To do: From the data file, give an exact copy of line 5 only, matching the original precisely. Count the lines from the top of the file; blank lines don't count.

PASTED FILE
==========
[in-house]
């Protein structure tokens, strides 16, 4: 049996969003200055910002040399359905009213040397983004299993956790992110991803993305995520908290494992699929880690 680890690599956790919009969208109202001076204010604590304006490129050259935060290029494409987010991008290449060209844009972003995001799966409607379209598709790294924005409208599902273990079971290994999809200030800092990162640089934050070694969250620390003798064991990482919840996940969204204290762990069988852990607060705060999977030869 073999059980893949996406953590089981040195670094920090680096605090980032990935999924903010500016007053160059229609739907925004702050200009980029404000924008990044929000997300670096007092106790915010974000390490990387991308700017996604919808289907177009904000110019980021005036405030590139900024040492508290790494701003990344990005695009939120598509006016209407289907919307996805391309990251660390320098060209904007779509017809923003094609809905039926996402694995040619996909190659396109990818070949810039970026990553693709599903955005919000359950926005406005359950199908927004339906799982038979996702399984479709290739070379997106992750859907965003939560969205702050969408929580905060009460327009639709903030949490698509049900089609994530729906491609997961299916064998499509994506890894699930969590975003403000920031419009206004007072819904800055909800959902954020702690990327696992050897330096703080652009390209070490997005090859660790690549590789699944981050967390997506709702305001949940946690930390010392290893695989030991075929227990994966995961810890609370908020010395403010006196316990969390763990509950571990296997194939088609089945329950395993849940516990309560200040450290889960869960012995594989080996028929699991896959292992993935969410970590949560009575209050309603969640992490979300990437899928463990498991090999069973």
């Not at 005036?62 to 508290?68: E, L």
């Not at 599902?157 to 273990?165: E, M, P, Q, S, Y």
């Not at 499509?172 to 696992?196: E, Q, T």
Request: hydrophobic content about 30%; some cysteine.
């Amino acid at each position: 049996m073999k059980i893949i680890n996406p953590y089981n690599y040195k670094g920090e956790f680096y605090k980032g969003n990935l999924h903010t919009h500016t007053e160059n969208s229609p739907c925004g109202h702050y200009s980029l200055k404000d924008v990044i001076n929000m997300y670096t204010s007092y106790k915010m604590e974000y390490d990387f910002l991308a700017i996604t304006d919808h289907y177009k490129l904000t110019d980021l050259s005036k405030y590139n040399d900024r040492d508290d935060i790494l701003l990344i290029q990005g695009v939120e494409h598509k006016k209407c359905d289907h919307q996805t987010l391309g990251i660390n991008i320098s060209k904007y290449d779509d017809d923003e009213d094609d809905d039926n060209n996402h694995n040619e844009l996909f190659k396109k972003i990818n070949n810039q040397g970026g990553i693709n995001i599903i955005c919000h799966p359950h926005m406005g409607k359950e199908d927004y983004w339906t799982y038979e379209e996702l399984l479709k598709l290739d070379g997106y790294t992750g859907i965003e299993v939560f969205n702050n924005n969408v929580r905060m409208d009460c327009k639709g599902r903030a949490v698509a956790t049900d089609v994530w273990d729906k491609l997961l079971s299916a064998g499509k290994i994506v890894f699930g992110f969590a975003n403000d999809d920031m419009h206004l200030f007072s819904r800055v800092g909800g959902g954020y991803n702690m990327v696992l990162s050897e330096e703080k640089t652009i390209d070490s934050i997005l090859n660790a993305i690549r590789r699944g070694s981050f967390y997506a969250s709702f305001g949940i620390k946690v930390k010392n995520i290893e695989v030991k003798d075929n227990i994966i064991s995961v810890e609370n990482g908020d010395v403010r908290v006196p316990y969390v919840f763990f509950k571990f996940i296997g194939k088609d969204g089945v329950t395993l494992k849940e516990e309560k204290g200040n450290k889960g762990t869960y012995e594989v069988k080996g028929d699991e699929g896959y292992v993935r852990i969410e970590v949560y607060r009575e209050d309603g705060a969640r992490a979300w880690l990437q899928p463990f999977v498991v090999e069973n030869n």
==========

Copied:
């Not at 499509?172 to 696992?196: E, Q, T």